GMOs - Are they really that bad?
Updated: 3 days ago
Genetically modified organisms, GMOs, GM foods… terms we likely come across in any typical grocery store visit. These are also terms that can strike concern and even fear in the minds of the typical consumer.
But, could this be due to a lack of understanding about this biotechnology, or could GMOs actually be harmful to our health?
Let’s splice up the facts and see what we can unearth…
GMOs: What Are They… Exactly?
What results in a genetically modified organism (GMO) is when the genetic material (DNA) of an organism (i.e. plant, animal or microorganism) has been altered in a manner that doesn’t occur through a natural reproductive process and/or natural recombination - in other words, its genes have been artificially manipulated.
Around since the mid-1990s, genetic engineering technology allows individual genes to be transferred from one organism into another, but also between unrelated species. 
There are several GM crops that are being used as food sources, and while in some instances the product is directly consumed, in most cases, GM crops are sold as commodities and are then further processed into food ingredients. 
However, more recently, GM animals have hit the market and are now approved for use as food. For example, a genetically engineered Atlantic salmon was released in Canada in 2017 and is now being sold to consumers. Apparently, it grows twice as fast as its non-GMO counterpart! 
Did you know? That 90% of all crops grown in Canada are genetically modified and an estimated 75 - 85% of the food available for sale has at least one GM ingredient.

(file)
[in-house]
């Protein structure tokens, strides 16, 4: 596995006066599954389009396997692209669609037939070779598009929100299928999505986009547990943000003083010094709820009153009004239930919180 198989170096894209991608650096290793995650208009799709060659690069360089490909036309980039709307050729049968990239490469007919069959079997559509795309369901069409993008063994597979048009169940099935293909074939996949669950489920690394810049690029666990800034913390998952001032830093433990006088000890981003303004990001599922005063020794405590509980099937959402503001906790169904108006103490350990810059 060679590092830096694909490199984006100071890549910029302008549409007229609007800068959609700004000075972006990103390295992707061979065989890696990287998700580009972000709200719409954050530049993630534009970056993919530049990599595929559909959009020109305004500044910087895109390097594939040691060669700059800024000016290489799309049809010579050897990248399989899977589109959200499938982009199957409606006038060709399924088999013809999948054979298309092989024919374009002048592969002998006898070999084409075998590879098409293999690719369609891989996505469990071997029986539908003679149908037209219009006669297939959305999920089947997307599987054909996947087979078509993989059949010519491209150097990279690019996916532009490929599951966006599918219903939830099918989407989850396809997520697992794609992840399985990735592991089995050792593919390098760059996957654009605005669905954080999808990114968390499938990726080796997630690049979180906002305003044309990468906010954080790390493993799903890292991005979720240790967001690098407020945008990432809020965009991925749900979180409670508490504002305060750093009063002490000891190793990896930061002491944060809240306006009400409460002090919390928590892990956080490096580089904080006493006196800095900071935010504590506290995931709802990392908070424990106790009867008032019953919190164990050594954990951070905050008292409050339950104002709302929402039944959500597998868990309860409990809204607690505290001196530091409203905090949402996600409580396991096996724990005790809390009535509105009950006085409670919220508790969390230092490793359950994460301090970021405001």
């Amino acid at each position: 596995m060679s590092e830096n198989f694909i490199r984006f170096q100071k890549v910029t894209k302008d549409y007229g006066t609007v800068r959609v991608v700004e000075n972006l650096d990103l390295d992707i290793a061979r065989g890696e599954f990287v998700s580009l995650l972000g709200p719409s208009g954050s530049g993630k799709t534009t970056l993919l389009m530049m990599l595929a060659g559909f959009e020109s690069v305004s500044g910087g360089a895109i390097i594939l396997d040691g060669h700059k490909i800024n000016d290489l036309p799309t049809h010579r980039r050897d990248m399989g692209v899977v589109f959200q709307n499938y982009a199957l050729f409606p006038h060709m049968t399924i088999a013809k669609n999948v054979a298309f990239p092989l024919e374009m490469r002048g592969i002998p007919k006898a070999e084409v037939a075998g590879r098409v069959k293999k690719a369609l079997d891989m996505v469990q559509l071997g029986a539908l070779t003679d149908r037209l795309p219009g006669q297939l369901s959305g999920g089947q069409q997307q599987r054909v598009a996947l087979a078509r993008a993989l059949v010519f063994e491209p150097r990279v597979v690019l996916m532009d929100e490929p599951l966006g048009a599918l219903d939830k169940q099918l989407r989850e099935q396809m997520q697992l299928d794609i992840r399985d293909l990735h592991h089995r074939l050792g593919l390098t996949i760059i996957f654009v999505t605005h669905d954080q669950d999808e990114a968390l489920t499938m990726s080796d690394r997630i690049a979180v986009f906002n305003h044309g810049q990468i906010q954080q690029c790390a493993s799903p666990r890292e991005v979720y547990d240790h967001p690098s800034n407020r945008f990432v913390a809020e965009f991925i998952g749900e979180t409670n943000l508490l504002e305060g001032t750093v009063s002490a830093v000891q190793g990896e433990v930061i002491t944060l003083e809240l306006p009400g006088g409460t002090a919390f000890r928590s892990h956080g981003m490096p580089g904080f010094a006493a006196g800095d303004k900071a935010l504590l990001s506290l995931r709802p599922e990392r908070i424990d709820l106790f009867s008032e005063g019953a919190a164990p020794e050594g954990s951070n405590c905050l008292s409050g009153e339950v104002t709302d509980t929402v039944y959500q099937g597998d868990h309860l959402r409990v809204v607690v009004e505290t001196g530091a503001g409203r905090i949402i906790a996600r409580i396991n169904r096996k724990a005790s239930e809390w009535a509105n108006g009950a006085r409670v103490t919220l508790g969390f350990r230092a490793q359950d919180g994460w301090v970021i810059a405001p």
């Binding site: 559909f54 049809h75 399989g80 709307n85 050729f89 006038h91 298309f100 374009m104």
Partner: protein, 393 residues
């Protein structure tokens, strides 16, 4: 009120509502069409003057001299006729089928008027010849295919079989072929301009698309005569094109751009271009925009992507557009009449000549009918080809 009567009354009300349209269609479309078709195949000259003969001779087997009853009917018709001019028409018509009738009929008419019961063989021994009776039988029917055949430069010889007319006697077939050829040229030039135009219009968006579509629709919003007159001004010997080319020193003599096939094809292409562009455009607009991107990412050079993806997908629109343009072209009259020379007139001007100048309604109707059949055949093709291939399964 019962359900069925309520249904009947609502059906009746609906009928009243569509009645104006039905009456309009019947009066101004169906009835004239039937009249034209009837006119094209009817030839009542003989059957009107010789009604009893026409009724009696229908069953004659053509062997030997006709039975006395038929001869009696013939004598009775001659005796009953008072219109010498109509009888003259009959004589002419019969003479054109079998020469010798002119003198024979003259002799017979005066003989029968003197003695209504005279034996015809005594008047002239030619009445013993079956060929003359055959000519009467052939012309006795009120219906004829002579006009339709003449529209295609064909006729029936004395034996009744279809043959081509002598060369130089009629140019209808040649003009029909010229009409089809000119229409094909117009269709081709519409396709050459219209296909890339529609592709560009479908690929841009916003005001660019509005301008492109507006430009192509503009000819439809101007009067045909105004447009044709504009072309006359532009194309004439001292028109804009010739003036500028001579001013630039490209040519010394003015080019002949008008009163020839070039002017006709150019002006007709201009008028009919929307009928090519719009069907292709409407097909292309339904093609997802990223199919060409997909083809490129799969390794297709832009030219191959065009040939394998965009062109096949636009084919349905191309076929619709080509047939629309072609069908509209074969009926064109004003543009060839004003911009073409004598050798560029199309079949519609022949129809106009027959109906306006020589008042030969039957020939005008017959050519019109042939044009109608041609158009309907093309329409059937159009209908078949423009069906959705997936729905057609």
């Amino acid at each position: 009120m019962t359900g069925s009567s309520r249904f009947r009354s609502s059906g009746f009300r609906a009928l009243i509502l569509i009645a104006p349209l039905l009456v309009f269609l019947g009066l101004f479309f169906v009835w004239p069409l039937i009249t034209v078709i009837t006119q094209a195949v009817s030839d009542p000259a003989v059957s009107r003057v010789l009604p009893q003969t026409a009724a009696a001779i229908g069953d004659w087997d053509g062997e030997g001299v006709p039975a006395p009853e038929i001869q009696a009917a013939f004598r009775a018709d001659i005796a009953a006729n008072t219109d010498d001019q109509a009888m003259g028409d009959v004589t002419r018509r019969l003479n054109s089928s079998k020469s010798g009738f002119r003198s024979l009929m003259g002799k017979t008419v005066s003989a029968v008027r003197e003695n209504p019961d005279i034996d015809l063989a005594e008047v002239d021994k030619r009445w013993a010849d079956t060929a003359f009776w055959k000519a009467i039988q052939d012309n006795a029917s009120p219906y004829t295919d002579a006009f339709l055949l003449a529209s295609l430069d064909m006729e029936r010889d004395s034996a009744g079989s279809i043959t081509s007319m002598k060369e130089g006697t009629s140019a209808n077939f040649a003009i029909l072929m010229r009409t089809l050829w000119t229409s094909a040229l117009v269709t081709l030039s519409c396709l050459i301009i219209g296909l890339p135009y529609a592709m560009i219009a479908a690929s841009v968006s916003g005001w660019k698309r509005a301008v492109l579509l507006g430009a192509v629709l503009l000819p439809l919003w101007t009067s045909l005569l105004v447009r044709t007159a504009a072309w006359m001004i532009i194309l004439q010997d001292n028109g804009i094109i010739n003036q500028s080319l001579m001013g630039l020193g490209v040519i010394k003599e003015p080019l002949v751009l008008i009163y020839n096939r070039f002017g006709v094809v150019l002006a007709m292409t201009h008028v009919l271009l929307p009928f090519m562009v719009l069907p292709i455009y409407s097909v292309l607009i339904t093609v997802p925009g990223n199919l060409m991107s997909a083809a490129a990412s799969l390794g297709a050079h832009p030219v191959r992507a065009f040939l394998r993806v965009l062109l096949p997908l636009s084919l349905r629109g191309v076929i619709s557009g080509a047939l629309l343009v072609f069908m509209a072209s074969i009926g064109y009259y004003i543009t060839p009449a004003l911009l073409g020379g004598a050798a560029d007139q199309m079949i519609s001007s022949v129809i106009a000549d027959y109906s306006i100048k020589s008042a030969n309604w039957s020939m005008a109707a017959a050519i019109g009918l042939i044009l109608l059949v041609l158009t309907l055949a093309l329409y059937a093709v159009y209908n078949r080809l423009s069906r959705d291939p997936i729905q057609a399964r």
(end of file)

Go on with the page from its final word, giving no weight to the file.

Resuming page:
What’s the point of creating GMOs?
The World Health Organization (WHO) says, “GM foods are developed – and marketed – because there is some perceived advantage either to the producer or consumer of these foods. This is meant to translate into a product with a lower price, greater benefit (in terms of durability or nutritional value) or both.”
The Living Non-GMO Project says, “Most GMOs have been engineered to withstand the direct application of herbicide and/or to produce an insecticide. However, new techniques (such as CRISPR, RNAi, ODM) are now being used to artificially develop other traits in plants, including resistance to browning in potatoes, and to create new organisms.”
While there are directly consumable crops like alfalfa, canola, corn, papaya, potato, soy, sugar beets, and zucchini - the bulk of GMOs being produced are used to make animal feed or automobile fuel.
However, when GMOs are found in food for human consumption, it’s usually from processed filler ingredients (of little to no nutritional value) such as oils, sugars, preservatives, and emulsifiers. Examples are corn starch, corn syrup, soy lecithin, citric acid, and maltodextrin. 
What Are The Health Implications of Genetically Modified Organisms?
There’s an increasing public hunger for safety information on these foods as more and more GM products pop up in our grocery stores.
The concerns are mostly focused on how they may affect the environment (e.g. engineered genes escaping into wild populations and the effect on biodiversity) and/or how the GM food may affect the consumer - and more specifically, the effect on our health.